The locking assembly 33 can be configured so that the washer 90 can be moved clear of the screw holes 34 when the locking screw 85 is staked to the plate 31. Thus, even with the locking assembly 33 in its loosened position, the attachment mechanisms 50, 60 can still be inserted into the screw holes 34.
The use of the variable angle attachment mechanism 60 is depicted in
During implantation, the variable angle capability of the screw 60 allows the surgeon to place the attachment mechanism within the vertebra at any angle within the defined angulation limits (20° in one specific embodiment). Thus, the variable angle screw 60 provides greater flexibility than does the fixed angle screw 50 for orienting the attachment mechanism relative to the anatomy of the vertebra. Moreover, this variable angle capability allows a limited degree of micro-motion between the screw and the plate when the fixation assembly 30 is implanted within a patient. In other words, as the spine is loaded and as load is transmitted through the screws and plate, the plate and vertebra may translate relative to each other. The variable angle screw 60 accommodates this relative movement by pivoting within the spherical recess 75. On the other hand, the fixed angle screw 50 prevents this relative movement. The choice between using a fixed or a variable angle screw can be left to the surgeon depending upon the pathology being treated. The fixation plate assembly 30 according to the present embodiment allows this choice to be made at any point during the surgical procedure.
The plating system 30 of
Referring now to
Referring specifically to
The plating system 30 of
Referring now to
In one embodiment, the metallic insert 110 is formed as a dove tail, with an upper surface (as shown in
The plating system 30 of
Although only a few exemplary embodiments of this invention have been described in detail above, those skilled in the art will readily appreciate that many modifications are possible in the exemplary embodiments without materially departing from the novel teachings and advantages of this invention. For example, one or more visualization windows (apertures) can be made in the plate 31 to facilitate the visual placement of the plating system by a surgeon. Also, features illustrated and discussed above with respect to some embodiments can be combined with features illustrated and discussed above with respect to other embodiments. Accordingly, all such modifications are intended to be included within the scope of this invention.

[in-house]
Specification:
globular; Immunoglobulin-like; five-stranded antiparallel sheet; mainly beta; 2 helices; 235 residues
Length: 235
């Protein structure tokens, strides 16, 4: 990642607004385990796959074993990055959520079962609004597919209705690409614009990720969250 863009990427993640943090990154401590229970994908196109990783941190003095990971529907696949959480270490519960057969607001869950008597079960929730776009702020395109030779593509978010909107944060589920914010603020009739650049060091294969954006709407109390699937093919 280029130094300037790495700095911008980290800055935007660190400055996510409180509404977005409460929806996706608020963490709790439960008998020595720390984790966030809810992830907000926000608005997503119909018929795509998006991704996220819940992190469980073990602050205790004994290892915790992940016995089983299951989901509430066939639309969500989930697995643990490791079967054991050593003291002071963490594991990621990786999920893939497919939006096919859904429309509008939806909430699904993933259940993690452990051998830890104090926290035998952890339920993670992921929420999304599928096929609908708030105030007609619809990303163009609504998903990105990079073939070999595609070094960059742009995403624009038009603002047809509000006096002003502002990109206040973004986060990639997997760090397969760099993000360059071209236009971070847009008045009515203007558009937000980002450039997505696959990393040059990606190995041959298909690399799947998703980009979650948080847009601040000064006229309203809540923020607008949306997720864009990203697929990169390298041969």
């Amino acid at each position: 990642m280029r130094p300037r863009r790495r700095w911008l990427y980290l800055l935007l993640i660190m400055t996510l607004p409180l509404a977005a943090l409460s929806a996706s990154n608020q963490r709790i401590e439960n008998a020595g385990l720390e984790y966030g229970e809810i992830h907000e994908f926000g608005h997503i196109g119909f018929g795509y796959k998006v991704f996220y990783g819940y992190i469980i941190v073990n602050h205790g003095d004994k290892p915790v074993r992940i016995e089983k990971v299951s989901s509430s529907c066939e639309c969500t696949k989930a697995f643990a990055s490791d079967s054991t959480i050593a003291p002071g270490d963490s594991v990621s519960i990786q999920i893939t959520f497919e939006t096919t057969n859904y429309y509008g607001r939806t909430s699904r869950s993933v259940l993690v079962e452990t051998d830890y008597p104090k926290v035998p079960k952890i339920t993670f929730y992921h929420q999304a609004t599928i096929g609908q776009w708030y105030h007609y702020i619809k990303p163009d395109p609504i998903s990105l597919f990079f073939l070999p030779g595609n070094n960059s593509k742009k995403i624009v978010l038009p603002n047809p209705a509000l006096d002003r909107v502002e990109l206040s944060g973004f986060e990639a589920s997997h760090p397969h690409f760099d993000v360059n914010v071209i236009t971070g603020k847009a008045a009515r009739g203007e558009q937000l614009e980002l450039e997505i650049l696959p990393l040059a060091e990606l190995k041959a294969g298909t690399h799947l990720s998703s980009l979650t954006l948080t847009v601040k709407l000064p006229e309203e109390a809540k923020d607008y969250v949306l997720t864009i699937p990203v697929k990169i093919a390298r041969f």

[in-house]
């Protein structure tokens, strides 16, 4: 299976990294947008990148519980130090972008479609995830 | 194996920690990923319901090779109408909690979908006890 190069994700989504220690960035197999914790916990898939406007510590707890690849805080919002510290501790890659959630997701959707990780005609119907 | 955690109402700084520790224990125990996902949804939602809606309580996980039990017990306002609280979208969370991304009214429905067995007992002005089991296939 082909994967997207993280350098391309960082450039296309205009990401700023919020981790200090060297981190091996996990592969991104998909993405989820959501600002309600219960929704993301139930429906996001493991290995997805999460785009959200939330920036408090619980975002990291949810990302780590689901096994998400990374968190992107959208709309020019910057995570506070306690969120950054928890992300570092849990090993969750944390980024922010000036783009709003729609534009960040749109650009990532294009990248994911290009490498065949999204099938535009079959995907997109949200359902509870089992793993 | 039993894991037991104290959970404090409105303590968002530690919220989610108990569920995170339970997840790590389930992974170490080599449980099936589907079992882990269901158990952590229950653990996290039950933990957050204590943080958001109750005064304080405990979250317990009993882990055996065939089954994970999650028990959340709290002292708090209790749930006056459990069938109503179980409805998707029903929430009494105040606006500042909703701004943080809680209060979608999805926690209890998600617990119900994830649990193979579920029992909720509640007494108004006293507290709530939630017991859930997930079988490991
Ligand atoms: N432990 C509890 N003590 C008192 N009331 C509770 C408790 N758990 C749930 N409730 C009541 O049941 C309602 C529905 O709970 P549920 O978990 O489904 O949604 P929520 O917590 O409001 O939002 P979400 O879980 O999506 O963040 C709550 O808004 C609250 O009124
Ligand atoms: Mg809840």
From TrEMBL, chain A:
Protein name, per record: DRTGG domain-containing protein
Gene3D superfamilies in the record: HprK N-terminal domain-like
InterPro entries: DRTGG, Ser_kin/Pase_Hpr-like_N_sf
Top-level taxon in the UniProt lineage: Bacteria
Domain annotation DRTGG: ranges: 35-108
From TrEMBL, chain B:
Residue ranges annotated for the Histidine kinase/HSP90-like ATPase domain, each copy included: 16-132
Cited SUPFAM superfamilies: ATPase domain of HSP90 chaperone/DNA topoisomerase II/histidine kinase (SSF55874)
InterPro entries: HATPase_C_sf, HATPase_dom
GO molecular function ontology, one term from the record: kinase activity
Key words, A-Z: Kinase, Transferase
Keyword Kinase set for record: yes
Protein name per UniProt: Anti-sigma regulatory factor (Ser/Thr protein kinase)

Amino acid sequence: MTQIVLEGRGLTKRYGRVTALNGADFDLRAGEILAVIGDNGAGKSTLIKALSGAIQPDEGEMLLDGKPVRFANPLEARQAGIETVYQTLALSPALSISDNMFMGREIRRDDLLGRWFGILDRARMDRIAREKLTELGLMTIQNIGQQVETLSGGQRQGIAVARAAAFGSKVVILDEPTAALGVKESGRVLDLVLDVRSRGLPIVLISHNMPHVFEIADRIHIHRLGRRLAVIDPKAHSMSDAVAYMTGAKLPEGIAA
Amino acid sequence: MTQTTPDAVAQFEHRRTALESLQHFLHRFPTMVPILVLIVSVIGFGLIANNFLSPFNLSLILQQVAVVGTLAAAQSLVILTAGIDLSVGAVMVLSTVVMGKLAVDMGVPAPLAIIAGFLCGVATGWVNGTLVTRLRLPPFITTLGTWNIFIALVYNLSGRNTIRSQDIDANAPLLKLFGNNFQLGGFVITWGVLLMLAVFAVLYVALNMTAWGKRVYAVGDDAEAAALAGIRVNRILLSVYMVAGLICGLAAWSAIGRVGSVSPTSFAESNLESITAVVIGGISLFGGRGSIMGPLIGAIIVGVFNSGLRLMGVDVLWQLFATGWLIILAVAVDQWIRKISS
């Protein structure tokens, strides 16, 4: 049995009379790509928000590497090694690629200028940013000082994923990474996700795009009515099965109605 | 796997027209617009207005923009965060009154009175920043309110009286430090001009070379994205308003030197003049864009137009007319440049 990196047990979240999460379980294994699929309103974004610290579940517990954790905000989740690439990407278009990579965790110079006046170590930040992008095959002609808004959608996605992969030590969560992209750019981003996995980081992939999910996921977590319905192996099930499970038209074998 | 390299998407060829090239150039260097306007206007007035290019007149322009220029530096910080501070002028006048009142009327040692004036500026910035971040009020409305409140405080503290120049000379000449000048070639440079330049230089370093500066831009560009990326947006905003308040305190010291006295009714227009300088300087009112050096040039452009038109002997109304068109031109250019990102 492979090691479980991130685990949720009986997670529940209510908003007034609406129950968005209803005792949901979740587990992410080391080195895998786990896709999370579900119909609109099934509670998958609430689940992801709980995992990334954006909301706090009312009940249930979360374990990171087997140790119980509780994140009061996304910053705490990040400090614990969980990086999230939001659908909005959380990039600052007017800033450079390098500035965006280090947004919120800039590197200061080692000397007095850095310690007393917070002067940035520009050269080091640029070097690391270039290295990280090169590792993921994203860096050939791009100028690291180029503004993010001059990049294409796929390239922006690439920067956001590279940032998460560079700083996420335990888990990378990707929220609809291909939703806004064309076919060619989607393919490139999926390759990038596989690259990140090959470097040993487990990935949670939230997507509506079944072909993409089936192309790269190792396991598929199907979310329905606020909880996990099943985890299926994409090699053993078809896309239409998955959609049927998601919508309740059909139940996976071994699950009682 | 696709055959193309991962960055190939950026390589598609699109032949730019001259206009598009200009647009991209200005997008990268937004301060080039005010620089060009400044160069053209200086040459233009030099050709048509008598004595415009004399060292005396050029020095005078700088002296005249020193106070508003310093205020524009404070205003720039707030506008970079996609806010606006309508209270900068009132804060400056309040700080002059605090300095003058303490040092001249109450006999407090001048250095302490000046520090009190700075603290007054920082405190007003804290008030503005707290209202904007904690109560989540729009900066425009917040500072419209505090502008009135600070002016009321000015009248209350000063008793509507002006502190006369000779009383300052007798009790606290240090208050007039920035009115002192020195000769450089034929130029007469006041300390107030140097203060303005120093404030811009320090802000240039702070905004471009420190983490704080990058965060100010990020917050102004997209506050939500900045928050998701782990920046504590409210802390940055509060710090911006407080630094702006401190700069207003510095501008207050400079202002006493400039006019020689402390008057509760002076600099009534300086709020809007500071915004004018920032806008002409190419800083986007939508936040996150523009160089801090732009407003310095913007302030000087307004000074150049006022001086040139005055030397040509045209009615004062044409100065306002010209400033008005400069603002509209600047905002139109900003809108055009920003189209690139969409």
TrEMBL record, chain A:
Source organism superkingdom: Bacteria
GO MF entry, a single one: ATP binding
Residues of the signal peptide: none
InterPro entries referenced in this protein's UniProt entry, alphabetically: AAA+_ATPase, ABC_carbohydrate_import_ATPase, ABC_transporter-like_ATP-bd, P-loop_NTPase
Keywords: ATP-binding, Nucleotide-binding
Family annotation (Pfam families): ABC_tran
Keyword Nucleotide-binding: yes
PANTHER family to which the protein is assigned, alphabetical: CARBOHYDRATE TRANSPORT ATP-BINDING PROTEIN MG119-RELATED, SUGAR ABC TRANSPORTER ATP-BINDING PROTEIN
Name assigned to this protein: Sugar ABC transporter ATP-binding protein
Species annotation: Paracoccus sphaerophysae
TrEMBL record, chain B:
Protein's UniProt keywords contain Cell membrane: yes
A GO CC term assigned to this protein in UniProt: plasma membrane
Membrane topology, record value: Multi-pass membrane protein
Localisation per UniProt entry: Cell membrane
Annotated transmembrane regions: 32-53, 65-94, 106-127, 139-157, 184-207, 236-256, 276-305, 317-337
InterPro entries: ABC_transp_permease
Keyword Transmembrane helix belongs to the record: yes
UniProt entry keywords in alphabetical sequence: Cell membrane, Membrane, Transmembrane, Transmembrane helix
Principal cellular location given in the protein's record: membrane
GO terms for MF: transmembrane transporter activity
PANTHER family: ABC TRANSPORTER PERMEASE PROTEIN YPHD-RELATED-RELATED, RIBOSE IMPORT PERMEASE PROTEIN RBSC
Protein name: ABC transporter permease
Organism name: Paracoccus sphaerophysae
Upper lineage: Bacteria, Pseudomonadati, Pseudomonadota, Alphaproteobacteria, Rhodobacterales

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|U.S. Classification||606/69, 606/71, 606/70|
|International Classification||A61B17/58, A61B17/70, A61B17/80|
|Cooperative Classification||A61B17/7059, A61B17/8042|
|European Classification||A61B17/70K, A61B17/80D4|
|Apr 25, 2003||AS||Assignment|
Owner name: SDGI HOLDINGS, INC., DELAWARE
Free format text: ASSIGNMENT OF ASSIGNORS INTEREST;ASSIGNORS:SHIPP, KENNETH;GARDEN, BEN;REEL/FRAME:014013/0754
Effective date: 20030319
|Dec 1, 2006||AS||Assignment|
Owner name: WARSAW ORTHOPEDIC, INC., INDIANA
Free format text: MERGER;ASSIGNOR:SDGI HOLDINGS, INC.;REEL/FRAME:018573/0086
Effective date: 20061201
Owner name: WARSAW ORTHOPEDIC, INC.,INDIANA
Free format text: MERGER;ASSIGNOR:SDGI HOLDINGS, INC.;REEL/FRAME:018573/0086
Effective date: 20061201
|Jun 22, 2010||FPAY||Fee payment|
Year of fee payment: 4
|Jul 30, 2014||FPAY||Fee payment|
Year of fee payment: 8
|Oct 7, 2014||AS||Assignment|
Owner name: WARSAW ORTHOPEDIC, INC, INDIANA
Free format text: CORRECTIVE ASSIGNMENT TO CORRECT T0 REMOVE APPLICATION NUMBER PREVIOUSLY RECORDED AT REEL: 018573 FRAME: 0086. ASSIGNOR(S) HEREBY CONFIRMS THE MERGER;ASSIGNOR:SDGI HOLDINGS, INC.;REEL/FRAME:033904/0891
Effective date: 20061201